Being a Posse mentor is a profound responsibility.  What I liked the most was the ability to explore creative ways to mentor. It has allowed me to experiment with approaches to reaching and connecting with undergraduate students. I only hope that the progress made in building unique in relationships with each scholar continues; that the students continue to “trust the process” and develop as students, as leaders, as global citizens. 

The Origins of Hip Hop with Self Suffice

To kick off my INTS 344: Global Hip Hop Cultures seminar, I sought out Self-Suffice, a Hartford-based emcee, educator and author who plays a big supportive role in the annual Trinity International Hip Hop Festival.  For the past couple of years I’ve been collaborating with him on bringing hip hop to the college classrom through lectures and active learning workshops. So when the opportunity came up to apply for a community learning grant from the college, I jumped on it.  After seeing Suffice in action for so long, I knew all I needed to tell him was that 1) most of the students know very little about hip hop and 2) if he could address the origins of hip hop in the US.  Leading up to the lecture, students read materials that gave them insight into the pioneering agency of DJ Kool Herc as a way to shed light on hip hop’s Jamaican roots. This was supplemented by works that addressed the Peurto Rican and Chicano contributions to the hip hop movement as well. To begin the class session, Suffice wrote and displayed 2 phrases for the students to think about: “Peace Love Unity Havin Fun” and “Sex, Money, Violence, Drugs” , opening the lecture with the question:  Which one of these phrases, do you think, is what hip hop is all about? From there, Suffice explored the cultural explosion that unfolded in the South Bronx in the early 1970s by talking about creativity, oppression, individuality, the break beat, the sound system, the fresh styles, the four artistic elements, among other themes.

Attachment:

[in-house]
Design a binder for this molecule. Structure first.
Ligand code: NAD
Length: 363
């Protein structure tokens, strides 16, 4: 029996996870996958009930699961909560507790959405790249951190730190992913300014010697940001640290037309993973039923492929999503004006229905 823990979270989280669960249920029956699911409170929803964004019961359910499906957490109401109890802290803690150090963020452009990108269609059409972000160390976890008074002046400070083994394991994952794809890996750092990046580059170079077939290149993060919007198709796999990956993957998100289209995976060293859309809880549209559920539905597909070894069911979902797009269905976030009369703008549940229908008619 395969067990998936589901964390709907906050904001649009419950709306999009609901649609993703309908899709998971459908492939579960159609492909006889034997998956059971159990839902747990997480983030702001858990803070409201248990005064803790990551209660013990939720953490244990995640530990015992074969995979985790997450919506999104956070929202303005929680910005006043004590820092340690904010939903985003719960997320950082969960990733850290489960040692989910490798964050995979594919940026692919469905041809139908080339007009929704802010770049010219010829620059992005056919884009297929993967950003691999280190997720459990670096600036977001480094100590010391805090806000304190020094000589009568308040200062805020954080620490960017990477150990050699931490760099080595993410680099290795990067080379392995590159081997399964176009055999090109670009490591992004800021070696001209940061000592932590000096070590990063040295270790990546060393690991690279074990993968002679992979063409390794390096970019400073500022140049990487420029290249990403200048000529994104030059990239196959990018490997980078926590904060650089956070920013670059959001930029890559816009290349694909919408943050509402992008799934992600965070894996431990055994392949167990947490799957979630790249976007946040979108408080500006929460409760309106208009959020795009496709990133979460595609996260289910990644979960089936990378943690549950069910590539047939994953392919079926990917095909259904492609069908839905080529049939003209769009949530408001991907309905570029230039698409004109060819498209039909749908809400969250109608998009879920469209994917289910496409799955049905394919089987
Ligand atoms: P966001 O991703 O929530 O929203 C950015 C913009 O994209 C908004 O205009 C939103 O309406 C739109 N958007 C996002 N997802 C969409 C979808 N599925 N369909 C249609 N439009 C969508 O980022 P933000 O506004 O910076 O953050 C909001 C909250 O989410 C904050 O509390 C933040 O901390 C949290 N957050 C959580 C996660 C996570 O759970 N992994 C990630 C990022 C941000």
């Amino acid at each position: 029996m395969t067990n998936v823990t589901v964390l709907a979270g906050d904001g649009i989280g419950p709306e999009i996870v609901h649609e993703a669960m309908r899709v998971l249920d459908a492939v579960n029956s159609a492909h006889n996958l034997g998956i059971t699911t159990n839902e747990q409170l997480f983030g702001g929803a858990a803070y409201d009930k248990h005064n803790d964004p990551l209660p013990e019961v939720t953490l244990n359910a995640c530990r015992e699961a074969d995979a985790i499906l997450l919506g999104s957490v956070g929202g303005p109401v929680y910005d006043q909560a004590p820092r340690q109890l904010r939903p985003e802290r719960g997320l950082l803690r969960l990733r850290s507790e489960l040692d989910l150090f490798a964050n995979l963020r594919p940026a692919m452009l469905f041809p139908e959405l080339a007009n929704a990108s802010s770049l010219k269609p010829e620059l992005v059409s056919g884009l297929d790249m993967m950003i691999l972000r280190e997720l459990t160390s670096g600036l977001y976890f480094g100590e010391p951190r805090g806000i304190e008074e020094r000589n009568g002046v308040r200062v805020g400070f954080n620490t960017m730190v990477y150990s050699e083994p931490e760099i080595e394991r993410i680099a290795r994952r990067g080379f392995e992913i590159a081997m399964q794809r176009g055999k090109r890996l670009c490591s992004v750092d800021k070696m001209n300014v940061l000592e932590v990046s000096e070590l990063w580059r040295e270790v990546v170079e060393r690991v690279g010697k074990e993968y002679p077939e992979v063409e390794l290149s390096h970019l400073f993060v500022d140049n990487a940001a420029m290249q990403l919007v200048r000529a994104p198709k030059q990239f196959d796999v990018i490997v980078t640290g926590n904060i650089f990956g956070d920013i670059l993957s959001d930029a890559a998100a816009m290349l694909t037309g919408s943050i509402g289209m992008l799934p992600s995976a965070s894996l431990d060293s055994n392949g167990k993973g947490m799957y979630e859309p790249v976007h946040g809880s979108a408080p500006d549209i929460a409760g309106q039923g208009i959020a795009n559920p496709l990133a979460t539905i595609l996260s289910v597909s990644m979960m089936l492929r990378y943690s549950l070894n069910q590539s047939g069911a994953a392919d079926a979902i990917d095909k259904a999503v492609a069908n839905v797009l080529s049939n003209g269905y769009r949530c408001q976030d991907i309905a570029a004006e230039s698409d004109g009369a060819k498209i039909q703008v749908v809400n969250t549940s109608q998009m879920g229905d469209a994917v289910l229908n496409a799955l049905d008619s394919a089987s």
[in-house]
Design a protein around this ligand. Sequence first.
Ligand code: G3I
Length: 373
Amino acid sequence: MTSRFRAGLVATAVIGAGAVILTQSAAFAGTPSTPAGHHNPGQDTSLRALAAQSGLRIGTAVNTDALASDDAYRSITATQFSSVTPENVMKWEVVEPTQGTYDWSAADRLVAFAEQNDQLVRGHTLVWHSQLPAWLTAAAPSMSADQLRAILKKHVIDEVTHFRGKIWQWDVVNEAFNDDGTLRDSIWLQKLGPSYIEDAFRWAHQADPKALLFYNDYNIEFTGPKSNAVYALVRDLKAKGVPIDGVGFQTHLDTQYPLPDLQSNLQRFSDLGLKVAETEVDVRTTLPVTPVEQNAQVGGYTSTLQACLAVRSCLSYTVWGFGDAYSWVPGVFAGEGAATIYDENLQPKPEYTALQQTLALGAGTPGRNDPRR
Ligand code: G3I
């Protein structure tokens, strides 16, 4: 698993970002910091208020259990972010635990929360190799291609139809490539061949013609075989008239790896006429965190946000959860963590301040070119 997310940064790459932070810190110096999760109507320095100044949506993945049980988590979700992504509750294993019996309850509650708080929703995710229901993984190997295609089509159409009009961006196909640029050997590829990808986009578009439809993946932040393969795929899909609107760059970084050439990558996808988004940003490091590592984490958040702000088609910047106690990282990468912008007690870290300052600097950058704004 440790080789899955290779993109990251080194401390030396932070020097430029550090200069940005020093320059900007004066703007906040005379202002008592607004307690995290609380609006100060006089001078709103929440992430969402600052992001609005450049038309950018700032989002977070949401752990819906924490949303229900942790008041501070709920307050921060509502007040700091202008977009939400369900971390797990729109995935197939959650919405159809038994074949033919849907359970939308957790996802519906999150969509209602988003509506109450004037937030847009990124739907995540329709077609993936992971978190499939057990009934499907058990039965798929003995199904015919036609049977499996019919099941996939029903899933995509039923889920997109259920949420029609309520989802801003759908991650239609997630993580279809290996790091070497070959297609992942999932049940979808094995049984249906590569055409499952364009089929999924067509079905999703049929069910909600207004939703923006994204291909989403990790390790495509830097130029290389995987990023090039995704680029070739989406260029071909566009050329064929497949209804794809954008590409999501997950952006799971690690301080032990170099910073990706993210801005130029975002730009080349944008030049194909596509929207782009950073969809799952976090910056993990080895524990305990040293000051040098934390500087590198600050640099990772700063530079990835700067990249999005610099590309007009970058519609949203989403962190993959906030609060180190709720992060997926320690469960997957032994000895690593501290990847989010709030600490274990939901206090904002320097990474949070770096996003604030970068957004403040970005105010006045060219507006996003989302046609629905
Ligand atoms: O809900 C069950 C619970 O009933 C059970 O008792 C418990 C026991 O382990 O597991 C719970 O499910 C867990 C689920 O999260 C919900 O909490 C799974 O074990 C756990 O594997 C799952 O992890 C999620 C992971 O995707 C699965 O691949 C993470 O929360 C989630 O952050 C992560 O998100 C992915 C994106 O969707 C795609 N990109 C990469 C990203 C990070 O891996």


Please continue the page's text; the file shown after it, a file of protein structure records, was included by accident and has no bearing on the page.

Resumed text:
To contact Self Suffice, go here: http://www.rapoets.com